This is “Our Past Is Present” from the Geary County Historical Society.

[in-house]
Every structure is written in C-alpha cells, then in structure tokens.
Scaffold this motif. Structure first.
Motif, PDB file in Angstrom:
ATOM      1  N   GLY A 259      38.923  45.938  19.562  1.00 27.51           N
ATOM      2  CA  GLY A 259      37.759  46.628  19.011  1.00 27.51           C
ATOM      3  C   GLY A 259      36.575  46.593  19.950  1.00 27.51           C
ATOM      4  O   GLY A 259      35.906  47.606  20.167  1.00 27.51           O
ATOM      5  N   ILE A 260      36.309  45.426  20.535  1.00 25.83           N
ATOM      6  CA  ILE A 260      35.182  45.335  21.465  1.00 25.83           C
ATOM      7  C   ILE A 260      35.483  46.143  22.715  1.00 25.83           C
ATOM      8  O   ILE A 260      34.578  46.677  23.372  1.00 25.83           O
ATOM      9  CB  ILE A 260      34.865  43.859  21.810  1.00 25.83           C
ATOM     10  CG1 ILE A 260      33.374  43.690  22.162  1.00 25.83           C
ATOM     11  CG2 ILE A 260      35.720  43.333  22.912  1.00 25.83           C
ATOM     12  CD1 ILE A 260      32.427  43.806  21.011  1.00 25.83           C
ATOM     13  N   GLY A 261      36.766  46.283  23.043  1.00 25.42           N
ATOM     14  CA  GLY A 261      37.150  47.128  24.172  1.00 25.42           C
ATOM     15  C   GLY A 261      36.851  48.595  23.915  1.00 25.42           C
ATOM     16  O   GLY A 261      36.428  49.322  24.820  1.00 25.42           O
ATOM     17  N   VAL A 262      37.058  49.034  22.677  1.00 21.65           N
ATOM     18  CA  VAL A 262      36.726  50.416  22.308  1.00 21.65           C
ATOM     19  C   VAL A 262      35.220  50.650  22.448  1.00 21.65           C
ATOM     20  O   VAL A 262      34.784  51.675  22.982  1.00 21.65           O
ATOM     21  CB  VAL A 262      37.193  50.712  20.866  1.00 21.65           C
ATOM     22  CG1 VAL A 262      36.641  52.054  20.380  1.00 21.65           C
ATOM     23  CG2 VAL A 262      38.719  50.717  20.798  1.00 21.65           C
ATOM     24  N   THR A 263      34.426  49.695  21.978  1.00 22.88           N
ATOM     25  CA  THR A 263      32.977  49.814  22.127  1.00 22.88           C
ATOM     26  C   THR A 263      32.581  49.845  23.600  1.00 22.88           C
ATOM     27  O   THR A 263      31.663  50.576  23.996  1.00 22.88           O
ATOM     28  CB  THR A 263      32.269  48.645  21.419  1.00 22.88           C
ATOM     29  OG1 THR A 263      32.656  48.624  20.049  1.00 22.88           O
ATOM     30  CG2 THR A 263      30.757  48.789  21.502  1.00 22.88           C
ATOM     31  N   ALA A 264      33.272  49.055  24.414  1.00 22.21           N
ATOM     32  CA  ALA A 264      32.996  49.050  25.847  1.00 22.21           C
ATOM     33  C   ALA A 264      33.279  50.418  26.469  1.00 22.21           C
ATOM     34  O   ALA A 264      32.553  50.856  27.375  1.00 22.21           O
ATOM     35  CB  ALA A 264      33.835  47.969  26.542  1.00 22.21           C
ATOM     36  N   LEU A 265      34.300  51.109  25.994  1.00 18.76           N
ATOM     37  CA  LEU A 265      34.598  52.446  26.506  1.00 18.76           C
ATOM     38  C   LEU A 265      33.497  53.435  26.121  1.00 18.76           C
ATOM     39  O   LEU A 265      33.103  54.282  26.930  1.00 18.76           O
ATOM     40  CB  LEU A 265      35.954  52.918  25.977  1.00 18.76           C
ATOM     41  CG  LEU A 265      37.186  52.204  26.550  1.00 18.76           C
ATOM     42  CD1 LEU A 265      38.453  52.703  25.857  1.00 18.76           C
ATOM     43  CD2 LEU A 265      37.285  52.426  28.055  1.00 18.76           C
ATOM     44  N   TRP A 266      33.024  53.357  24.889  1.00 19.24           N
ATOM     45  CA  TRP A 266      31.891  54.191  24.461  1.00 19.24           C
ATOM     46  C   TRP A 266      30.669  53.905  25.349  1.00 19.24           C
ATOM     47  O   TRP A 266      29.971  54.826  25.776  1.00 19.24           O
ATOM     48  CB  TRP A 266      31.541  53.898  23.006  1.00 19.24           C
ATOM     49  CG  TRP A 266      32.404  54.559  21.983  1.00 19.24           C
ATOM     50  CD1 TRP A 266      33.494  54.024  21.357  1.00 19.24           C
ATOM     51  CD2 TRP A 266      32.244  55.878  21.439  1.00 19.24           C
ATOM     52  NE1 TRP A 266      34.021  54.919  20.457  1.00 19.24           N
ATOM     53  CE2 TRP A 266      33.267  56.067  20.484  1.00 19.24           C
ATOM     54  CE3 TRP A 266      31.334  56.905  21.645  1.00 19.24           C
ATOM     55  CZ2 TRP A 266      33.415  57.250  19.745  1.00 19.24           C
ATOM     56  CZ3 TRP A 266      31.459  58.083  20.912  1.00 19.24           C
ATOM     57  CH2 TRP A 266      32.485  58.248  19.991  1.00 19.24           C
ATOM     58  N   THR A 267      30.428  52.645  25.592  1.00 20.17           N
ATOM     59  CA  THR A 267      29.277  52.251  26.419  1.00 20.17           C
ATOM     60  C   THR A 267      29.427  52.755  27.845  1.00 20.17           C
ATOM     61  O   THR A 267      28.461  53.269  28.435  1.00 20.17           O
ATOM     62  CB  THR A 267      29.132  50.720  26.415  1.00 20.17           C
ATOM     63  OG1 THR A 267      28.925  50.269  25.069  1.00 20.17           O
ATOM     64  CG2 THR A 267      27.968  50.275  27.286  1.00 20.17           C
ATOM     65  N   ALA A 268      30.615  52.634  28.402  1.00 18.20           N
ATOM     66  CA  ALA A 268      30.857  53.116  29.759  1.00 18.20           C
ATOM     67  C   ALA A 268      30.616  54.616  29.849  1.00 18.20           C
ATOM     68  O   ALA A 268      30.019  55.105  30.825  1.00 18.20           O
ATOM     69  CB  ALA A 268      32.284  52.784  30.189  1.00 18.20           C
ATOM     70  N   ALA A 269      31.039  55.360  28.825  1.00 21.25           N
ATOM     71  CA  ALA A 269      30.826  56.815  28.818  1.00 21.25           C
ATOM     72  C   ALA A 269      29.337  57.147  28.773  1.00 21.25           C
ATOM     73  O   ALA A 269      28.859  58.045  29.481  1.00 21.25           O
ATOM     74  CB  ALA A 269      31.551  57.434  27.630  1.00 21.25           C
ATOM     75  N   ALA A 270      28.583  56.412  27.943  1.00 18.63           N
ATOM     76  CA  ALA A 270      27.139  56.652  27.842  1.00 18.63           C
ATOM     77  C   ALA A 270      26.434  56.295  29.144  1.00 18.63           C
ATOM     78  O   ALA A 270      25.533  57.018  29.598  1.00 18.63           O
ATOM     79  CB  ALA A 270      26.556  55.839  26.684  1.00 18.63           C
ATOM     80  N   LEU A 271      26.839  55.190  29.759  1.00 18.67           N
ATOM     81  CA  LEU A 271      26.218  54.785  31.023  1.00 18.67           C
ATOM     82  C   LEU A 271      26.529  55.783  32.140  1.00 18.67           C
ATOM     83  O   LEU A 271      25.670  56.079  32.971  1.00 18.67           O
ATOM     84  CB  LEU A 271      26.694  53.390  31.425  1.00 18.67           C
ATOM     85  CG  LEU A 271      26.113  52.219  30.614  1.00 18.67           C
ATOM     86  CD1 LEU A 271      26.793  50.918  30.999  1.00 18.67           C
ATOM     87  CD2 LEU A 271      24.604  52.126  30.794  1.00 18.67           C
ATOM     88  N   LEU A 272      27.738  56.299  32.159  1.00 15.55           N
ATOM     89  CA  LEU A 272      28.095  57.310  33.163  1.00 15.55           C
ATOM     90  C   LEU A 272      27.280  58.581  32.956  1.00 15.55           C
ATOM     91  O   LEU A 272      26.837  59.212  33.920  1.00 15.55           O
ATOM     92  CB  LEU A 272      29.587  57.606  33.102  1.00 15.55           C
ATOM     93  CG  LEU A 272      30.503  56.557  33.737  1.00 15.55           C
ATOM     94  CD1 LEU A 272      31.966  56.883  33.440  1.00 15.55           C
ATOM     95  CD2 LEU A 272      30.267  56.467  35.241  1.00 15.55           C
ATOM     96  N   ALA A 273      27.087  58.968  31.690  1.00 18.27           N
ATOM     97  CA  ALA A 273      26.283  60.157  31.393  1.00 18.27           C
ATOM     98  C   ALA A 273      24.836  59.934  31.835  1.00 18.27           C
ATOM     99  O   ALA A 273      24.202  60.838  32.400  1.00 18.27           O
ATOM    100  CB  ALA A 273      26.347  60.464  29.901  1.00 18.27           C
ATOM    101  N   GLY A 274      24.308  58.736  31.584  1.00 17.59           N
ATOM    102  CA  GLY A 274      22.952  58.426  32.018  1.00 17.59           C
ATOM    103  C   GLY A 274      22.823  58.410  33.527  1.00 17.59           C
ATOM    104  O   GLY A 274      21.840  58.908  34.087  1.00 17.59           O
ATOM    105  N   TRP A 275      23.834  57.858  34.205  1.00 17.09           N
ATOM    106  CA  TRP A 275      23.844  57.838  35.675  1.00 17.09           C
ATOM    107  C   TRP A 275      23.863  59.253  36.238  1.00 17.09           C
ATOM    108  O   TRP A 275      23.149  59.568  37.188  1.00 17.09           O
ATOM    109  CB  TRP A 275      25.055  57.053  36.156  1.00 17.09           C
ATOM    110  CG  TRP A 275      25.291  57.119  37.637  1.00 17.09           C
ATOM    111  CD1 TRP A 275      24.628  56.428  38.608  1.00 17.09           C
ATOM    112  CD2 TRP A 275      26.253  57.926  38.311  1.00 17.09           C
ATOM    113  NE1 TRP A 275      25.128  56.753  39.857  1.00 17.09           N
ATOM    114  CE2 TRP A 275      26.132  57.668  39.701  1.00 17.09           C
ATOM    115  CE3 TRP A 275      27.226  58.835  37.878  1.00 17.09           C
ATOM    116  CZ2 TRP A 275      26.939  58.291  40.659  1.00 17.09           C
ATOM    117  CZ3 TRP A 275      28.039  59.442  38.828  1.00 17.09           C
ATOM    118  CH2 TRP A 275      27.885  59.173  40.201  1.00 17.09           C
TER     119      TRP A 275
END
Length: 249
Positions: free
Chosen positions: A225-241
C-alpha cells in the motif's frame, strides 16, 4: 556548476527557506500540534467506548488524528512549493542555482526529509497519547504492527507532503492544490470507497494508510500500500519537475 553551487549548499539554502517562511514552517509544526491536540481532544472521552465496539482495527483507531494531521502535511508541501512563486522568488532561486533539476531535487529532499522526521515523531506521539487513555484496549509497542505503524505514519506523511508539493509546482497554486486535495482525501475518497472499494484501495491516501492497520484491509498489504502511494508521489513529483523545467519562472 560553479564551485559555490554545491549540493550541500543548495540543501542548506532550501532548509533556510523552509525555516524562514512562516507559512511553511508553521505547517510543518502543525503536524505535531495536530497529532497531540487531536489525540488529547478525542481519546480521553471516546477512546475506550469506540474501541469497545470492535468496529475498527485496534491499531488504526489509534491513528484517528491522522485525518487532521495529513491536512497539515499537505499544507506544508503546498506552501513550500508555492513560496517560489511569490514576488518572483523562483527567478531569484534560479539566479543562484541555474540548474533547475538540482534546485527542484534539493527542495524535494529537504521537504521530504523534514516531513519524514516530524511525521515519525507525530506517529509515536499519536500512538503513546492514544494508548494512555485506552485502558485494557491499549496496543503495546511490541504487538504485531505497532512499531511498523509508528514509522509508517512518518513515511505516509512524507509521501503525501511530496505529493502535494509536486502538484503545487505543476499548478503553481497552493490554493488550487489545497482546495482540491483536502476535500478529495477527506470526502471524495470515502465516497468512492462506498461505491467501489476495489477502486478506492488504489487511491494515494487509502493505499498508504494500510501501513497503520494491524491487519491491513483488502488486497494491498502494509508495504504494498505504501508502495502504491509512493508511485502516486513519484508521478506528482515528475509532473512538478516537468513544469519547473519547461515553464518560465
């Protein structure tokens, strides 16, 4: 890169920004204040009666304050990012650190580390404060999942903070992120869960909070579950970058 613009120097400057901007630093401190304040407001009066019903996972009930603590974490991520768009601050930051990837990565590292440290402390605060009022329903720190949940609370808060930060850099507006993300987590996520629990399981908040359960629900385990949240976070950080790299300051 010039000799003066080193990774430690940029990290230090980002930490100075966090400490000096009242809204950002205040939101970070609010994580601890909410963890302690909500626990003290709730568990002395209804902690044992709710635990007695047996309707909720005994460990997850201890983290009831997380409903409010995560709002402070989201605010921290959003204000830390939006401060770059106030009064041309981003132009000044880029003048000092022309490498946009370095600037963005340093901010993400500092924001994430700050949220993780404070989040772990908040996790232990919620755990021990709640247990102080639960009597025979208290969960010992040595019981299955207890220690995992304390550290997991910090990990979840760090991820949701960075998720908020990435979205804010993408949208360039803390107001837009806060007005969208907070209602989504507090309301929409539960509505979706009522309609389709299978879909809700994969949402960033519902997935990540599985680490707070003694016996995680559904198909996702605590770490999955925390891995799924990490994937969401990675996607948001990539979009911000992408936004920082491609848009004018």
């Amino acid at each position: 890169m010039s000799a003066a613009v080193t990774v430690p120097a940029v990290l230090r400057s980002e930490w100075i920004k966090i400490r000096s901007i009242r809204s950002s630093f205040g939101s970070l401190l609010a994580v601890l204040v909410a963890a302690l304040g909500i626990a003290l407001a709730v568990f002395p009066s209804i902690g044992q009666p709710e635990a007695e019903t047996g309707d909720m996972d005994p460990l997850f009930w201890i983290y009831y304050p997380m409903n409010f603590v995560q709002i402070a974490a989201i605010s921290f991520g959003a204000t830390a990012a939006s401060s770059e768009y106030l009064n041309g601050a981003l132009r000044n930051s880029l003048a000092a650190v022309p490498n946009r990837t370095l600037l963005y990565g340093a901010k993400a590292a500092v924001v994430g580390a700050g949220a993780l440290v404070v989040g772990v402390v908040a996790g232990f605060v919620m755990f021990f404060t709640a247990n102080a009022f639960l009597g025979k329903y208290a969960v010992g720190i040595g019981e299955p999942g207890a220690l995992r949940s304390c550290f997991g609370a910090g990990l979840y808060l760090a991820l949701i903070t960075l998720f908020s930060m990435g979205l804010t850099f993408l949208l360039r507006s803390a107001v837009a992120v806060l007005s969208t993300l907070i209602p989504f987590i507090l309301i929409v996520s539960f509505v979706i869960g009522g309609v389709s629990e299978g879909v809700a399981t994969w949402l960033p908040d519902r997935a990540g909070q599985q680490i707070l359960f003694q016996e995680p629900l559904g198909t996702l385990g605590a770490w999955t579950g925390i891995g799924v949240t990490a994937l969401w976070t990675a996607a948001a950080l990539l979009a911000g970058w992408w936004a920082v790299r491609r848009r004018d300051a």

Robert Chew was a native of Junction City and in the spring of 1872 he related to his friends at the “Union” newspaper the story of his miraculous escape from an explosion at sea. He was sleeping in his bunk aboard a steamship, which he boarded at Shreveport, Louisiana. At about twenty minutes to five in the morning the explosion threw him from his bunk and he landed on the floor amidst boiling water and glass. Within twenty minutes the flames increased and had driven everyone from the vessel overboard. Robert spent about two hours in the water before help arrived. Also on board had been the circus troupe of which Robert was one of the proprietors. Unfortunately, none of the animals could be saved. They were all in cages and could not be reached through the flames. Once in the water, Robert and another man were able to cling to a float and drifted for about five miles before they were able to get to a shoreline where they stayed until the “Belle of St. Louis” arrived to pick them up. Robert suffered scalds to his feet and his hands were cut with glass, but he told his friends in Junction City that he was thankful to be alive.